"The courts of this country should not be the places where resolution of disputes begins. They should be the places where the disputes end after alternative methods of resolving disputes have been considered and tried."
Sandra Day O'Connor
The confidentiality of the mediation process encourages the participants to have open and honest discussions.
If the dispute is extremely complicated, has more than three parties or involves a special circumstance, the parties may wish to consider using two mediators or additional neutrals such as counselors, financial advisors, or any other persons with expertise or information that would assist the parties in reaching a settlement agreement.
Mediating Without Attorneys:
Sometimes parties choose to not have attorneys help them settle. Instead of each party hiring an attorney, they jointly hire a mediator trained in interest based negotiation to help them reach an agreement. If the parties need to file their agreement with the court as in a divorce or other civil law suit, they can retain the mediator or another attorney to act as their “scrivener” and draft a final order. Mediators and scriveners act as neutrals, so the parties cannot rely on them for legal advice This means that once the agreement is in writing, each party should take his or her copy to a lawyer who is able to explain the legal rights and responsibilities of each party that are set out in the order.
Many civil disputes may be quickly resolved in this manner.
“Musts” for the Process:
In order for this model to work, parties must be willing to proceed honestly and in good faith. Parties must listen to each other and communicate in a courteous and respectful manner, and parties must take the concerns of others into consideration when reaching a final settlement.
Options instead of Offers:
Adversarial forms of mediation use offers and demands. In interested based mediation, the parties agree that each one of them will supply all of the information in his or her possession that is needed to resolve the dispute. This allows the parties to understand and develop realistic options for settlement. Once the parties believe they have listed all possible options, they review each one and eliminate any options that do not take into consideration the interests of everyone involved.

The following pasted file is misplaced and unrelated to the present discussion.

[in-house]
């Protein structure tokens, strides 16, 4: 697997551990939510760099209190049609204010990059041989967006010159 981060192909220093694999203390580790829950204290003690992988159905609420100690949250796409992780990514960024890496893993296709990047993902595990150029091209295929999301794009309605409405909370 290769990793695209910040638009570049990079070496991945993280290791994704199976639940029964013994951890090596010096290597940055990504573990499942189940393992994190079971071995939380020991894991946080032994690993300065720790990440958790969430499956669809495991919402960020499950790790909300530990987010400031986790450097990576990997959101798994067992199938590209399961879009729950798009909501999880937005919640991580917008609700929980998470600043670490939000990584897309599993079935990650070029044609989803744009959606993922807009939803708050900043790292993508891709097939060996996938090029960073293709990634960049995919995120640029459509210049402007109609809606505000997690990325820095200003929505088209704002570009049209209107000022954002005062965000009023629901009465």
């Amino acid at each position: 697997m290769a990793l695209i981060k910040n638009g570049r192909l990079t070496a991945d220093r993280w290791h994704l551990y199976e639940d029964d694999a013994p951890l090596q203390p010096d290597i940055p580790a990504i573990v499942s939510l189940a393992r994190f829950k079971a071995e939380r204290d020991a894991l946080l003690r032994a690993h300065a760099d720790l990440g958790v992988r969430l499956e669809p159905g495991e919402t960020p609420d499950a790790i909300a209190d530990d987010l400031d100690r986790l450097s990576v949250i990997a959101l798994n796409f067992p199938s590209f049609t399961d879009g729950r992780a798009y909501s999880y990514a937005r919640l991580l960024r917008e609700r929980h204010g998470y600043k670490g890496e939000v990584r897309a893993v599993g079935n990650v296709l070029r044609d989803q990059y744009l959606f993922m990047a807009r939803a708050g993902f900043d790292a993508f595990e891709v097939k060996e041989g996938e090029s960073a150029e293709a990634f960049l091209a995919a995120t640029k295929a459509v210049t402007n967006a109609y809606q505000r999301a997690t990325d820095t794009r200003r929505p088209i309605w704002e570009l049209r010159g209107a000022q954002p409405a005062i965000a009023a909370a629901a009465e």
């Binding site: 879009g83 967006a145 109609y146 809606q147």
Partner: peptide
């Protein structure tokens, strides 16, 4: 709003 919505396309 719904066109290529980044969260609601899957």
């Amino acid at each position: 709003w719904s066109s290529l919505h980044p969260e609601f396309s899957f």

If parties get “stuck” and need help resolving some disputed issues, interest based mediation can save the day.
Settling with the Help of Your Attorney:
Parties review the rules of mediation and sign an interest based mediation agreement. The focus of this process is centered around the interests and goals of the parties. The parties take turns expressing their understandings of the dispute and what each one would like to see happen to resolve the matter. In other words: the parties tell each other what they want and “why” they want it. In positional mediation, the parties are in different rooms and mediators go back and forth carrying offers. In interest based mediation, the parties stay in the same room. By meeting face to face, the parties are able to directly communicate with each other. Face-to-face meetings save time and allow any misunderstandings or false assumptions to immediately be corrected.
Interest based mediation is a non-adversarial dispute resolution process which can reduce the amount of time and money necessary for parties to reach an agreement. The parties and their attorneys meet with a neutral who is trained in mediation and interest based negotiation. This mediation model is designed to eliminate many of the communication problems that exist in some methods of dispute resolution. In interest based mediation, parties must not only say “What” they want; they must say “Why” they want it.